Hi, I'm considering leaving the software house that I work at to start contracting. During my time at the company, I designed and built a fairly unique software system. I didn't bother to patent it on behalf of the company so there are no copyright issues. My questions are: 1) After I leave the company, can I sell the high level design pattern commercially (or publish it in a white paper), if I change the names and the colors of the boxes? 2) Can I legally refuse to sign the non-compete clause on termination of my employment? I know that it's near impossible to patent an idea, so I guess my overall question is, where is the line between publishing the idea (in a commercially available white paper) and copying the engineering design? -Thanks
Insurance Law Lawyer
Consult with a patent/trademark attorney in terms of how you can change your product so you can publish it without being liable for misappropriation. Non-compete clauses should be signed voluntarily and no one can force you to sign them.
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Employment / Labor Attorney
It's very likely that the creation you refer to was a "work made for hire" and, therefore, the property of your company, regardless of patent. Any sale or publishing of this information could be considered misappropriation of confidential information or trade secrets and subject you to claims for damages, despite the fact that you have not signed a noncompete. You can of course refuse to sign any agreement you like, particularly on termination of employment, but for the above reasons, I don't think it matters vis-a-vis this software. That said, you should have an in person consult with an attorney with expertise in intellectual property issues before you proceed, certainly worth a more in depth review.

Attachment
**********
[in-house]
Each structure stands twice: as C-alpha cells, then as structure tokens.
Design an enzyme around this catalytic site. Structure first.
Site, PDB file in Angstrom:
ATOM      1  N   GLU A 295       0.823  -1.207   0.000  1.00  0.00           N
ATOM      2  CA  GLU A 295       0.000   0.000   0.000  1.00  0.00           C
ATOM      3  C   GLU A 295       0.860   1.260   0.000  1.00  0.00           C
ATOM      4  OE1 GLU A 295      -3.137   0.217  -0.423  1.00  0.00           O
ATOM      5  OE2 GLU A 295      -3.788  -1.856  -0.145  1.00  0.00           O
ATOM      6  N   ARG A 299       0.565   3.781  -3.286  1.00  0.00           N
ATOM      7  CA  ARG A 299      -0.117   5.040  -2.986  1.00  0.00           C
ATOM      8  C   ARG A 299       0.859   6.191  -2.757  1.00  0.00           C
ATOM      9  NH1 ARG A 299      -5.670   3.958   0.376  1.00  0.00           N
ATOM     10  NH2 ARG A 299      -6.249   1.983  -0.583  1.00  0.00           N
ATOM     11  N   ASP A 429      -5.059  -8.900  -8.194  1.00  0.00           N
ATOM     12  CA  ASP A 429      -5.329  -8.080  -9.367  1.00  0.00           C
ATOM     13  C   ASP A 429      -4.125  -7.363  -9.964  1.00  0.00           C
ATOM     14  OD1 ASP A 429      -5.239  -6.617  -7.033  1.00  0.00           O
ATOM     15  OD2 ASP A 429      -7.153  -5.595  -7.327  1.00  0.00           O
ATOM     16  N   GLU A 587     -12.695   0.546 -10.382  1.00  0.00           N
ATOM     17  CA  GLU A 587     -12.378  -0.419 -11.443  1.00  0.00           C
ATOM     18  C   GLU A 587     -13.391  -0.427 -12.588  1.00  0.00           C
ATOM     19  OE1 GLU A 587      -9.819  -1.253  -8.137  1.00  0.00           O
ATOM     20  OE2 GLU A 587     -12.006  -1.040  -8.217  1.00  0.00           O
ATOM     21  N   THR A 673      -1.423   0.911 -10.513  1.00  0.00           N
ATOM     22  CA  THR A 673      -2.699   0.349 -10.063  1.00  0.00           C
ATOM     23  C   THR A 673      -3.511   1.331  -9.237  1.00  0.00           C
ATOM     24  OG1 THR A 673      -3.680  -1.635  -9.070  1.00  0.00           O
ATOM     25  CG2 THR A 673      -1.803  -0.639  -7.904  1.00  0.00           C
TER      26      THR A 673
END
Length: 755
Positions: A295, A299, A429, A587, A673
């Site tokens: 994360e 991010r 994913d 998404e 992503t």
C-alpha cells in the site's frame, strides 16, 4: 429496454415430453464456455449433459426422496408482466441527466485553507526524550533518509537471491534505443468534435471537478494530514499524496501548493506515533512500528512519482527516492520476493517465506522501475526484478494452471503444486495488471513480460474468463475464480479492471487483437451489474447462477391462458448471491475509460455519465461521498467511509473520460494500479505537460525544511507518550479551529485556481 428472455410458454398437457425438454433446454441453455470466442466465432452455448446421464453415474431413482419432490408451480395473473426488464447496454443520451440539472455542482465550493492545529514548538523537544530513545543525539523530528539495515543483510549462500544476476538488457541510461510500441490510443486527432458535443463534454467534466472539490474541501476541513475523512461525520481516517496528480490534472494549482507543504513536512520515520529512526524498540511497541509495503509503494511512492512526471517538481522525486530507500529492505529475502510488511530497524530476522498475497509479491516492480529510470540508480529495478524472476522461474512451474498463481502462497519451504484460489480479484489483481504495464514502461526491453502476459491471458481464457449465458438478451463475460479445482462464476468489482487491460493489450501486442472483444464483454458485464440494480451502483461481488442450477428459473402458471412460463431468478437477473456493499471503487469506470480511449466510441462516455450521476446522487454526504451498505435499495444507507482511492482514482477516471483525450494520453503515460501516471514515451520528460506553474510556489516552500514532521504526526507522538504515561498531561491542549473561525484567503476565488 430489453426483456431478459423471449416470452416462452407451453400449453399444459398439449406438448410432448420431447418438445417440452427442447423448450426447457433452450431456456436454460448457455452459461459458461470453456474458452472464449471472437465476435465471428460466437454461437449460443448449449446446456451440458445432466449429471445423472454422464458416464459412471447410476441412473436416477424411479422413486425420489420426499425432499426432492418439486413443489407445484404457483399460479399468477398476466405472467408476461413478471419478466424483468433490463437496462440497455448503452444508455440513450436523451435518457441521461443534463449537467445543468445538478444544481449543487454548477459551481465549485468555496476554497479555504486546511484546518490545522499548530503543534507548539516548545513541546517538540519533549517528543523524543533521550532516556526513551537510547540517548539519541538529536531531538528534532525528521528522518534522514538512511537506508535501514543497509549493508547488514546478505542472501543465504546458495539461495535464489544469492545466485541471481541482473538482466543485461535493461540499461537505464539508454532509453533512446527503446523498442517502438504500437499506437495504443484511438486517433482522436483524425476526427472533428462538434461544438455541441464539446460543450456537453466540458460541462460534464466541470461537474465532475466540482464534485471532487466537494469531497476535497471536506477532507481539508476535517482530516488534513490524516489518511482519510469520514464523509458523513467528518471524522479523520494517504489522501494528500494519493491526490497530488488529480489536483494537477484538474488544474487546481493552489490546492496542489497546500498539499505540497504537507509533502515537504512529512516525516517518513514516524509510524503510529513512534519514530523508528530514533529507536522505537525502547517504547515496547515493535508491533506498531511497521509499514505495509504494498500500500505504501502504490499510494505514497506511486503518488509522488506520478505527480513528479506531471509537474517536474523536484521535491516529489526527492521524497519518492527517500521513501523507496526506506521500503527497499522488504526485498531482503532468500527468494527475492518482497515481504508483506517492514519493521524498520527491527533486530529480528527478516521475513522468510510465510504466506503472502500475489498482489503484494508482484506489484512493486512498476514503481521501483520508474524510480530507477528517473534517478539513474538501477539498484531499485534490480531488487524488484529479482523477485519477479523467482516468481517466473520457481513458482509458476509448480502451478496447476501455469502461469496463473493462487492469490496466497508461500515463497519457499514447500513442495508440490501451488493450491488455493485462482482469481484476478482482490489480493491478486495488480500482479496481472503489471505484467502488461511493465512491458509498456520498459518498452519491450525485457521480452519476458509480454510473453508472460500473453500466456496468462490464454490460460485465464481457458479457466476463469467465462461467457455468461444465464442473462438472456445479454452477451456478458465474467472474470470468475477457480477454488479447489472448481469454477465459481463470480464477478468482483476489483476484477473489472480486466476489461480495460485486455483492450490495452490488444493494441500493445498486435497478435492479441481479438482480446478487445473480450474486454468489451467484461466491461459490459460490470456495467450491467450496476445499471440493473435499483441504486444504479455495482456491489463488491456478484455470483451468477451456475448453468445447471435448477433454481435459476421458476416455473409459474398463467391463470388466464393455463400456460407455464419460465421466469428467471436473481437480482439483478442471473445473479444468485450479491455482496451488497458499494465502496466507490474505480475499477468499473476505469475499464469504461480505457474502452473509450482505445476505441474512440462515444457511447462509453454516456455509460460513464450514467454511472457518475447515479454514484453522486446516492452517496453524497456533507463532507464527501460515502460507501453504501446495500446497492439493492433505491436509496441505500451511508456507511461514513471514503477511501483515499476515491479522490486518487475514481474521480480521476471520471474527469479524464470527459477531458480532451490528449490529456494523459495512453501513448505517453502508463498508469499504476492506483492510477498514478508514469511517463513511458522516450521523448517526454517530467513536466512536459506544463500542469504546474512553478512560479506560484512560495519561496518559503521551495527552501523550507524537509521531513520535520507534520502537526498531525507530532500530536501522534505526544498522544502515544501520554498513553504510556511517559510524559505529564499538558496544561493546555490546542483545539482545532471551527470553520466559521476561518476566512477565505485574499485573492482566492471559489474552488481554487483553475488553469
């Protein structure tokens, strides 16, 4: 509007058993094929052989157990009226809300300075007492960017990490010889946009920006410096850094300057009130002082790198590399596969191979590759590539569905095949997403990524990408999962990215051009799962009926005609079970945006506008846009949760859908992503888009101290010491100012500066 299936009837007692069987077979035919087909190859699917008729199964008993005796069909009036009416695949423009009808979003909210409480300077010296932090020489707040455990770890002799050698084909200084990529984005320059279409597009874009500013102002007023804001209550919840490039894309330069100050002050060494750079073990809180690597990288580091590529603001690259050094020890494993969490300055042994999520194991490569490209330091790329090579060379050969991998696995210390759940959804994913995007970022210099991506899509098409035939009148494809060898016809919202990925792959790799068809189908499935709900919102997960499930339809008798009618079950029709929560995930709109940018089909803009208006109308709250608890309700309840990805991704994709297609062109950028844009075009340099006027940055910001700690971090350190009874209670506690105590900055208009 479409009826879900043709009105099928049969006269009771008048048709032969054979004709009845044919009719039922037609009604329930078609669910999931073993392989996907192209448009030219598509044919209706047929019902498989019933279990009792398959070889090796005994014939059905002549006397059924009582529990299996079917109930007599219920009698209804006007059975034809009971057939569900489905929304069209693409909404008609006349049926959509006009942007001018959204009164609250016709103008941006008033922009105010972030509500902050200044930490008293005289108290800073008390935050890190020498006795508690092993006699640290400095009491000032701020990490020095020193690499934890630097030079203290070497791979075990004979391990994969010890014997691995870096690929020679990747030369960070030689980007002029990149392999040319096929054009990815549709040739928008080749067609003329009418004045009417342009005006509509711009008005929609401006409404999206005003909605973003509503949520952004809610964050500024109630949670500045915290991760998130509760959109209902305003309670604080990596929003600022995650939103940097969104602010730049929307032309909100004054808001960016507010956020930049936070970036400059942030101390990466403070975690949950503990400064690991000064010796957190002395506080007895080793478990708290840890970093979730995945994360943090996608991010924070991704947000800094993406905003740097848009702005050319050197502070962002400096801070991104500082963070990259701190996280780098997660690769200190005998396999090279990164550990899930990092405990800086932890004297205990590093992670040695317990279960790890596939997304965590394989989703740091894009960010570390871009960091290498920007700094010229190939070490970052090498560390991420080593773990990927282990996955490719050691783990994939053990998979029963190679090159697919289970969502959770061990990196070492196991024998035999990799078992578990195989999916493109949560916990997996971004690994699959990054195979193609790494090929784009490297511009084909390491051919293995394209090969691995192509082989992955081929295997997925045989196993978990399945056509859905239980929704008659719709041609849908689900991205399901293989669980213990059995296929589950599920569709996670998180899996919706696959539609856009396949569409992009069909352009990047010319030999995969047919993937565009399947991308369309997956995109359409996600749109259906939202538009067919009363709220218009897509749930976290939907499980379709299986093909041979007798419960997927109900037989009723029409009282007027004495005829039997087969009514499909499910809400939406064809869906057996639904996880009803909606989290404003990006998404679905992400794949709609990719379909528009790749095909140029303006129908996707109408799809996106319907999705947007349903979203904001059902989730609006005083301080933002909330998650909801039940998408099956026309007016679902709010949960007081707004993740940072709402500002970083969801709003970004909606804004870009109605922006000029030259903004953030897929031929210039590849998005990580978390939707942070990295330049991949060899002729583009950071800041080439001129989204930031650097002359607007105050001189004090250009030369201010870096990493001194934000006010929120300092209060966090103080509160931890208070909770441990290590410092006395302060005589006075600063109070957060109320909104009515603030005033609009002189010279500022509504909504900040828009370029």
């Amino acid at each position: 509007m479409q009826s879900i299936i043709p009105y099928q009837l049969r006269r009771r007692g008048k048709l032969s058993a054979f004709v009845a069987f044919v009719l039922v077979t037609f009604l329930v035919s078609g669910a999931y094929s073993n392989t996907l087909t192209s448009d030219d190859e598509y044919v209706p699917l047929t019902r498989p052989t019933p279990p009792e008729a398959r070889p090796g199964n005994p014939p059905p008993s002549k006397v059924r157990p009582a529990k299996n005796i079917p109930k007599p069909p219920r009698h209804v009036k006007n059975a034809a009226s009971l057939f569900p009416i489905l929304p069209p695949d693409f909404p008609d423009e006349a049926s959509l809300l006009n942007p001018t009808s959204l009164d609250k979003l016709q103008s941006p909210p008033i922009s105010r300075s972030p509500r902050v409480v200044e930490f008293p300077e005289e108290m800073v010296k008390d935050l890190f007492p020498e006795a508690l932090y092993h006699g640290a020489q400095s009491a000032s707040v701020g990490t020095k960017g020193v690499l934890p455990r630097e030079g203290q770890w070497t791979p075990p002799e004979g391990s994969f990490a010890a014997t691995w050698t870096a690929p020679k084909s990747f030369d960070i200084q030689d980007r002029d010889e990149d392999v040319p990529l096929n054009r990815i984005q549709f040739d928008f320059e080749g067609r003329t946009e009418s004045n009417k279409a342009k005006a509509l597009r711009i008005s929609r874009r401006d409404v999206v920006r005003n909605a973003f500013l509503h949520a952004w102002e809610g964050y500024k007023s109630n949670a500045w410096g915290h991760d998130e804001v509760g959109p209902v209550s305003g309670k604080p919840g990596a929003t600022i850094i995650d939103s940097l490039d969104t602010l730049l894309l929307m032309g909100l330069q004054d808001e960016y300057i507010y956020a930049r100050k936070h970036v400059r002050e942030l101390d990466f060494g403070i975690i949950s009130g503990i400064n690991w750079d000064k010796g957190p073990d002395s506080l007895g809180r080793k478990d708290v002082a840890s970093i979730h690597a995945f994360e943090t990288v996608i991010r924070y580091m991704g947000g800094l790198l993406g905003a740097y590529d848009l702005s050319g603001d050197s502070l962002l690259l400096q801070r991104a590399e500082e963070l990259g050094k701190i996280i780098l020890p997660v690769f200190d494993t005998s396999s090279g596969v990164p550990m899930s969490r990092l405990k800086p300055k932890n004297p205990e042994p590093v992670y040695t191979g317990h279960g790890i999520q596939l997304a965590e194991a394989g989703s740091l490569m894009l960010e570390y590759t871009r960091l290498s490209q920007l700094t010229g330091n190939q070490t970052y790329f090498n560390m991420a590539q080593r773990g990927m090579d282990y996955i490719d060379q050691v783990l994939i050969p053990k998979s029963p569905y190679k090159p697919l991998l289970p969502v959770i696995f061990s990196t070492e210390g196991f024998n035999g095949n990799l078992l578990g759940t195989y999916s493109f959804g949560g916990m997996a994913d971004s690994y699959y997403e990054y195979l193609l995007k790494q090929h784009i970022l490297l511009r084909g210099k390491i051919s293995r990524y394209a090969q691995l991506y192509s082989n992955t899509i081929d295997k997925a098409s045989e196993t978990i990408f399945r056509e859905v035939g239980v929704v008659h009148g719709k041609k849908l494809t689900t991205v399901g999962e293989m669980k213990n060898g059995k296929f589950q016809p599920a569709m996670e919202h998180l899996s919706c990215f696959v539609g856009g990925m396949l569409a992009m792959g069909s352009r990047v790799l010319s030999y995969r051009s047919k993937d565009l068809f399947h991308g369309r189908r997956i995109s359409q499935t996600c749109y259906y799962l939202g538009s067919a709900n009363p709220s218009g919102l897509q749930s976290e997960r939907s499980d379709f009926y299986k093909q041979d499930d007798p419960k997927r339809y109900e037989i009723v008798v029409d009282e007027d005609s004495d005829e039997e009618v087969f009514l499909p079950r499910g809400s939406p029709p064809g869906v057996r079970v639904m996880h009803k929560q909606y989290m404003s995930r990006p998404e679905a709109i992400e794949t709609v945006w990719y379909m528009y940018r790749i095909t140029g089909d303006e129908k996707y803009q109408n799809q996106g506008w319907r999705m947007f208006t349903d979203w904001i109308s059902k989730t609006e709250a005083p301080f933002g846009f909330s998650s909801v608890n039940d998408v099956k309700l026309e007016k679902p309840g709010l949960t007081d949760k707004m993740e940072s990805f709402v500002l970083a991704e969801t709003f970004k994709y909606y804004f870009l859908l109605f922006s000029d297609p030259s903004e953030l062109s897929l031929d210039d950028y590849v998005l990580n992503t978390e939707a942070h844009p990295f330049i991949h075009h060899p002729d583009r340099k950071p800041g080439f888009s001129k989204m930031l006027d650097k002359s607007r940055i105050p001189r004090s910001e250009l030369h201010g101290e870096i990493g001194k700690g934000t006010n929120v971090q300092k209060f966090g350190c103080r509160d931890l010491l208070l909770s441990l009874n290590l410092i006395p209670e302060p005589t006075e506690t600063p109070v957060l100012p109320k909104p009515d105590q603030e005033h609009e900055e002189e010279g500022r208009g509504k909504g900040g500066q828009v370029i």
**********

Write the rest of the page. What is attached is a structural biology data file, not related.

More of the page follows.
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Criminal Defense Attorney
If you plan to start a competing business, I strongly recommend getting legal advice about your responsibilities as a former employee. It has nothing to do with whether you had a valid noncompete agreement or not. You likely have additional fiduciary responsibilities as an employee that may prohibit you from using material, nonpublic information at your new company. Otherwise, you risk liability when your former employer discovers what happened. The benefit of successfully launching your company far outweighs the minimal cost of getting good legal advice before doing so. Be sure to speak with a New York lawyer about your rights, as employment law differs in each state.
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